This week, a new sargassum barrier was completed in Tulum’s National Park. In total, the barrier reaches 2.4km across the beaches of the park at the request of the Secretary of the Navy. The barriers have taken over a month to complete in total, as initial construction occurred in August.
Sargassum is the name given to the brown, leafy seaweed found on beaches worldwide. Whilst it is important for the ocean’s ecosystem, it can be a nuisance when you’re trying to relax on a beach whilst on vacation in the Mexican Caribbean.
When the seaweed washes ashore and begins to decompose, it releases a foul odor and has an unsightly appearance. This often deters swimmers and sunbathers from visiting shorelines during peak sargassum season, even if they are as beautiful as the ones in the state of Quintana Roo.
The head of the Directorate of the Federal Maritime Terrestrial Zone, Meliton Perez, explained that the cleaning and collection of sargassum seaweed had been in effect since the start of the summer vacation period. However, stronger action needed to be taken against the invasive seaweed, hence the placement of the sargassum barriers.
Barriers are an excellent addition to other preventative measures. As sargassum naturally floats on the surface of the sea, the barriers work to capture the unsightly seaweed before it has the opportunity to wash ashore. This makes it easier for sargassum boats to collect the seaweed and dispose of it in areas away from tourist activity.
The news of the sargassum barrier could not come at a better time, especially as Tulum’s National Park is one of the most popular places for tourists to visit. The park is clearly popular for a reason, featuring everything from Mayan ruins and dense vegetation to stunning panoramic views of the Mexican-Caribbean coastline.
The park is also just a 2-hour journey from Cancun’s Hotel Zone, making it a popular day trip for most vacationers who visit the region. During peak sargassum levels in the summer, the National Park had lower levels of the invasive sea plant, causing tourists to abandon the sargassum-filled beaches of Cancun and Playa del Carmen.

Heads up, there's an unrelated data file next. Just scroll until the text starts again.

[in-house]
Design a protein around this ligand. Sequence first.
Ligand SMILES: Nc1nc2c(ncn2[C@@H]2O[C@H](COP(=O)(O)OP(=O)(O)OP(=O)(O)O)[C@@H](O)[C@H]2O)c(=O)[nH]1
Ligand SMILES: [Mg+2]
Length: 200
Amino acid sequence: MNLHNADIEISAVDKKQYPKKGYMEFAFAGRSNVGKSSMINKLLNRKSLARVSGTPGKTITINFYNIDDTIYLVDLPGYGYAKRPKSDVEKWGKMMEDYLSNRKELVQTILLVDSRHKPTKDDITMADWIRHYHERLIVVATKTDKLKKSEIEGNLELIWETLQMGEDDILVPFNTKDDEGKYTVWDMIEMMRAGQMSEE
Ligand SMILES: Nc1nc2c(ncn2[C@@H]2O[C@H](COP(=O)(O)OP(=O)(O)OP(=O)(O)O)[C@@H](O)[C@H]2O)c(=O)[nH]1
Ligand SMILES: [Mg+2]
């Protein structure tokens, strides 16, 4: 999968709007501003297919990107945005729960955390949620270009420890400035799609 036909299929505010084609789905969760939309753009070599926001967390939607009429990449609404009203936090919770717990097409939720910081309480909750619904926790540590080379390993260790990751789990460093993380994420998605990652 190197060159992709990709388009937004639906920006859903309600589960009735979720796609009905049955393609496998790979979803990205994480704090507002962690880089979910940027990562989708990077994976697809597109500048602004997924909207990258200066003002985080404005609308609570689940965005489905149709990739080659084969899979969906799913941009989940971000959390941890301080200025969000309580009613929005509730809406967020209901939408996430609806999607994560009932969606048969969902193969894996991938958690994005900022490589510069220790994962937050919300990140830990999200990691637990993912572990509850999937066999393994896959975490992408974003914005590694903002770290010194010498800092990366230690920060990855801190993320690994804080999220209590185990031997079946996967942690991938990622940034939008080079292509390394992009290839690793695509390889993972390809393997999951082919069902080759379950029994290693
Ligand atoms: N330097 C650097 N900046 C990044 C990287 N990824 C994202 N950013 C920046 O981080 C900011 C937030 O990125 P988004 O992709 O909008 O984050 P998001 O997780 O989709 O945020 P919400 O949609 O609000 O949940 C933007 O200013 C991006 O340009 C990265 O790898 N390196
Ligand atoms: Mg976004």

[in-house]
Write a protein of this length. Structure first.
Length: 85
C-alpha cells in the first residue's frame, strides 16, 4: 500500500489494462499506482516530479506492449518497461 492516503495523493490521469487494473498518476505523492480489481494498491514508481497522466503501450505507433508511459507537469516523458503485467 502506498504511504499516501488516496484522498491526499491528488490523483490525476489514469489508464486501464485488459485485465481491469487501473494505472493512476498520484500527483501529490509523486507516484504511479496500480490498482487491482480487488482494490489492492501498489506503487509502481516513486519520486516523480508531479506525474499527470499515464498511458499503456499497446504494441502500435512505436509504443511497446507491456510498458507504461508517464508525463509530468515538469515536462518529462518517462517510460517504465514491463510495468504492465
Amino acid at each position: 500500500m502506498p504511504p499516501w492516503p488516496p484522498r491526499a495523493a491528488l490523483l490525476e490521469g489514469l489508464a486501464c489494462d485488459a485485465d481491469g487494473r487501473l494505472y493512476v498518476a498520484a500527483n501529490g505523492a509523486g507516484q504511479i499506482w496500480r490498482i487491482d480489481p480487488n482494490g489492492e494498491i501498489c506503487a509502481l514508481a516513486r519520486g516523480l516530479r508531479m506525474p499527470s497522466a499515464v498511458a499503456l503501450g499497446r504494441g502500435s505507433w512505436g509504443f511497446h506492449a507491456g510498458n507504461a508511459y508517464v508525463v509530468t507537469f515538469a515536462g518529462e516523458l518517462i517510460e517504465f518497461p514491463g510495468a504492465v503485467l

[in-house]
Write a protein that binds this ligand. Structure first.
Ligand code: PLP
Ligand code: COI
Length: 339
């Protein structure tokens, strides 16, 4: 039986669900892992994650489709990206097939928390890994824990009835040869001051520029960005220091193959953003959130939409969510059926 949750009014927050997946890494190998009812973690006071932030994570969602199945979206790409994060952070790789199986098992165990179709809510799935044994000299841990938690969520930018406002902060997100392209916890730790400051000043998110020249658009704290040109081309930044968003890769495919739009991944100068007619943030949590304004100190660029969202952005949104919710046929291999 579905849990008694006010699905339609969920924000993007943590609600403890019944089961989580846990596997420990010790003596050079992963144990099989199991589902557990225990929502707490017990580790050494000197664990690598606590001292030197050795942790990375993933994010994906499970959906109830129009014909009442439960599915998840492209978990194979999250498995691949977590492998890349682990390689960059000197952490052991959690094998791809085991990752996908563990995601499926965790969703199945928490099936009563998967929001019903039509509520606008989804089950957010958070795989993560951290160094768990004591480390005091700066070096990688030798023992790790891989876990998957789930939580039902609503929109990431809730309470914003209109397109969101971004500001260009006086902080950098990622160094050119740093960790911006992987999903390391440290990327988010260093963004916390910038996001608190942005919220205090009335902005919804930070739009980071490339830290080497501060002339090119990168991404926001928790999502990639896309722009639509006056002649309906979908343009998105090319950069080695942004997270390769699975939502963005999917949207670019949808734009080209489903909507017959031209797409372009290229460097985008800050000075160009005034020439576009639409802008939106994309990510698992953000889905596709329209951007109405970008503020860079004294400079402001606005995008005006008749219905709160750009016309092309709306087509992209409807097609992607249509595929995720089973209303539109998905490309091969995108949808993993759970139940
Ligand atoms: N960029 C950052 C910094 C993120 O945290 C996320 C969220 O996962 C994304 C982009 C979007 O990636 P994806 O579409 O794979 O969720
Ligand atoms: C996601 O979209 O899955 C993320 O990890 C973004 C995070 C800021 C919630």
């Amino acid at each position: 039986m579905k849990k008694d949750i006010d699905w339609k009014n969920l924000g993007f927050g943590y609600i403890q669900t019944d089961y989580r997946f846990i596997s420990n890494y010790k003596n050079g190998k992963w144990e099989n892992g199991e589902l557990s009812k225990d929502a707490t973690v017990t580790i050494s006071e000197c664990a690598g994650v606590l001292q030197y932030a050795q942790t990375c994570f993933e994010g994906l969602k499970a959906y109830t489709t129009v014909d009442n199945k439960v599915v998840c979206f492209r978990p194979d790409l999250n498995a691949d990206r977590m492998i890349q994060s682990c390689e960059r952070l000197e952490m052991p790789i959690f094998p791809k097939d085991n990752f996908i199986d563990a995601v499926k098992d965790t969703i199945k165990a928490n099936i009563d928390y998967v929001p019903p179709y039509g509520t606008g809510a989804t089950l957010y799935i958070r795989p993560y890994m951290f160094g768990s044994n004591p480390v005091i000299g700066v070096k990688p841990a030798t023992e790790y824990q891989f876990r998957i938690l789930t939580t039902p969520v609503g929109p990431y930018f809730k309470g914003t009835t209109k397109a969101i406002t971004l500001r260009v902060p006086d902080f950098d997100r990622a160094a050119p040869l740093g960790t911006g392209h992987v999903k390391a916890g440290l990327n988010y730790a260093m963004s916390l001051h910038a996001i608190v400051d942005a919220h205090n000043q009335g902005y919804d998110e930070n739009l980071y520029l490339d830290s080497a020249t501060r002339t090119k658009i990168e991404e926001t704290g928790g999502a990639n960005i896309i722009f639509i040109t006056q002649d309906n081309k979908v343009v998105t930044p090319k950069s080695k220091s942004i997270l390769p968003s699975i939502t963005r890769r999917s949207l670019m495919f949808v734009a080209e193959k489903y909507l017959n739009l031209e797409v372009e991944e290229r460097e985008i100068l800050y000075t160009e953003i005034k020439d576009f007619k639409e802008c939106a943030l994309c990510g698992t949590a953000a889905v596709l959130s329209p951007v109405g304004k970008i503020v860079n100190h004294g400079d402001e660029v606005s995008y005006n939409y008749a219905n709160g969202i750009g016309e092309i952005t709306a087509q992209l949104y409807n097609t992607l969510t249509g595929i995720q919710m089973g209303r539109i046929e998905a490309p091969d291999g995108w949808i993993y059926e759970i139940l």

With the park generating a vast amount of Tourism for the state of Quintana Roo, it makes sense that the government wants to minimize the amount of sargassum present on its shorelines.
Tulum’s local government is delighted at the completion of the sargassum barrier: initially, the completion of the measure was set to occur in March, but the Secretary of the Navy (SEMAR) delayed the project. Tourism experts believed this was due to a lack of budget, but SEMAR is yet to respond to the public about why they decided to delay the project.
This is not the only sargassum barrier to be completed in Tulum in recent months. In early August, 600 meters of sargassum barriers were installed along Tulum’s coastline to prevent the invasive brown seaweed from ruining the end of the summer period. The barrier was also constructed at this time as a preventative measure for next summer.
Tulum’s City Council has also begun the process of creating a new facility to process sargassum collected from the barrier. Esteban Amaro Mauricio, the director of the State Sargassum Monitoring Network, announced that sargassum runoff could last until November, as a high volume has been found in the Atlantic Ocean this year. Therefore, the new barriers in Tulum’s National Park will help to put tourists at ease and will hopefully lessen the spread of the nuisance-causing plant in the future.
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